Witness – definition and meaning
The term witness has several possible meanings – it can be used as a noun or verb. As a noun, witness may mean an individual who testifies under oath in a trial, a person who saw an event, or somebody who observes the signing of a will, contract, or any document, attesting that it was signed in their presence.
The verb ‘to witness‘ means to see an event happen, or to be present when somebody signs something and confirms it with their signature.
The adjective of the term is witnessable, which means something that can be witnessed, as in the term: “Remember that your behavior in public is witnessable by others.”
According to Legal-Dictionar.theFreeDictionary.com, a witness is:
“1) n. a person who testifies under oath in a trial (or a deposition which may be used in a trial if the witness is not available) with first-hand or expert evidence useful in a lawsuit. A party to the lawsuit (plaintiff or defendant) may be a witness.”
“2) a person who sees an event. 3) a person who observes the signing of a document like a will or a contract and signs as a witness on the document attesting that the document was signed in the presence of the witness.”
“4) v. to sign a document verifying that he/she observed the execution of the document such as a will.”
There are many different types of witnesses. They all have one thing in common in a court of law: they give information (testimony) which is used as evidence for either the prosecution or defense.
Witness in a court proceeding
Either the defense or prosecution can call the witness to testify. The side that does this first asks questions – in legal English this is called a direct examination
The other or opposing side can then ask their own questions – they carry out a a cross examination. A redirect examination occurs when one of the sides calls the person who provided testimony to contradict what was said in the cross examination,
The term recalling a witness means calling a person, who has already given testimony in court, to give further testimony.
In most jurisdictions (countries’ legal systems), witnesses may not testify about something they were told – hearsay. They are only allowed to testify to what they experienced directly – first hand.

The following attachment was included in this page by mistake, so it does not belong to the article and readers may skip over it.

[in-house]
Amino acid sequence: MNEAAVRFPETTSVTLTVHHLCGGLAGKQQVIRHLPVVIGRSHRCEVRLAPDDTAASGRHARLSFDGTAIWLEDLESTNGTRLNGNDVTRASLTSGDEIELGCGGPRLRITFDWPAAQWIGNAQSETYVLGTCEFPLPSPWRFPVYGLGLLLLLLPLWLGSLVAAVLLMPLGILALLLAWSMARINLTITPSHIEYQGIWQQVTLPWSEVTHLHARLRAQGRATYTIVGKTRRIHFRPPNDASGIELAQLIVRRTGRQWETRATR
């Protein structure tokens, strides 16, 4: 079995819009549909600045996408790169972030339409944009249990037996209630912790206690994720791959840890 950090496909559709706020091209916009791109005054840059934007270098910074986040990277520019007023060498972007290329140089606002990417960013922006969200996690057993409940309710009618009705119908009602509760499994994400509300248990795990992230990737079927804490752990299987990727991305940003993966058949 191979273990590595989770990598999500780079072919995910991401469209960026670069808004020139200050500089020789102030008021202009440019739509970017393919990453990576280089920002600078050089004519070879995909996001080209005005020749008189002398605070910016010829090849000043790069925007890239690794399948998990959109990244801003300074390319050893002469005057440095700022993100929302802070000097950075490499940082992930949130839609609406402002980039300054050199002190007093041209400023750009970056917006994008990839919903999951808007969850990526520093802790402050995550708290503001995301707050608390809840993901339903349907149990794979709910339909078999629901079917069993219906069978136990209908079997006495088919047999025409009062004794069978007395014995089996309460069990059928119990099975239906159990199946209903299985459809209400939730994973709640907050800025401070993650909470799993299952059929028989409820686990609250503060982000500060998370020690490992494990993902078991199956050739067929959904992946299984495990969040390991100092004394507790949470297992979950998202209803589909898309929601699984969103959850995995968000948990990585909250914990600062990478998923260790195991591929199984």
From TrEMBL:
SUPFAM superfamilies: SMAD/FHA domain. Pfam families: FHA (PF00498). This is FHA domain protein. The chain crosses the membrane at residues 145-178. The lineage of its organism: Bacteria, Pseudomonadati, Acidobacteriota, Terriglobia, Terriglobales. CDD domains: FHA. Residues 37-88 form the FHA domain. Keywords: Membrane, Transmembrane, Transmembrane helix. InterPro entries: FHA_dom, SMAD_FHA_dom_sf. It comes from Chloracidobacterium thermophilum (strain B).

Expert witnesses, however, may testify in the area of their expertise – they do not need to have experienced an event first hand.
Witness vs. Testimony (nouns): the former is a person while testimony comprises the (legal) statements made in court by that person, because they saw what happened first hand. In other words, one refers to people while the other is the information they gave in court.
Etymology of witness
Etymology is the study of the origin of words, and how their meanings evolved over time. Somebody who specializes in etymology is an etymologist.
The noun of this term comes from the Old English word Witnes, meaning “attestation of fact, event, etc., from personal knowledge,” as well as “one who so testifies.” The first recording of the term Witness Stand – in a court of law – appeared in the English language in 1853.
The verb, with the meaning to “bear testimony” dates back to 13th century England. Meaning “add one’s signature to a document to establish its identity” dates back to the early 14th century. In the 1580s, the meaning to “see or know by personal presence, observe” emerged.
Sometimes providing testimony in a criminal court is dangerous. Throughout modern history, evil people have either killed witnesses or arranged for them to be killed in order to stay out of prison. When witnesses are threatened, or deemed to be under threat, they will be protected by the police or a special protection unit, depending on the country. (Image: Wikipedia)
Video – Being a witness
This British Department of Justice video talks about what it is like going to court through the eyes of somebody who had to testify. The animation explains what to expect throughout the court process (in the United Kingdom), and follows the journey an individual makes from making a statement right through the criminal court process after the trial.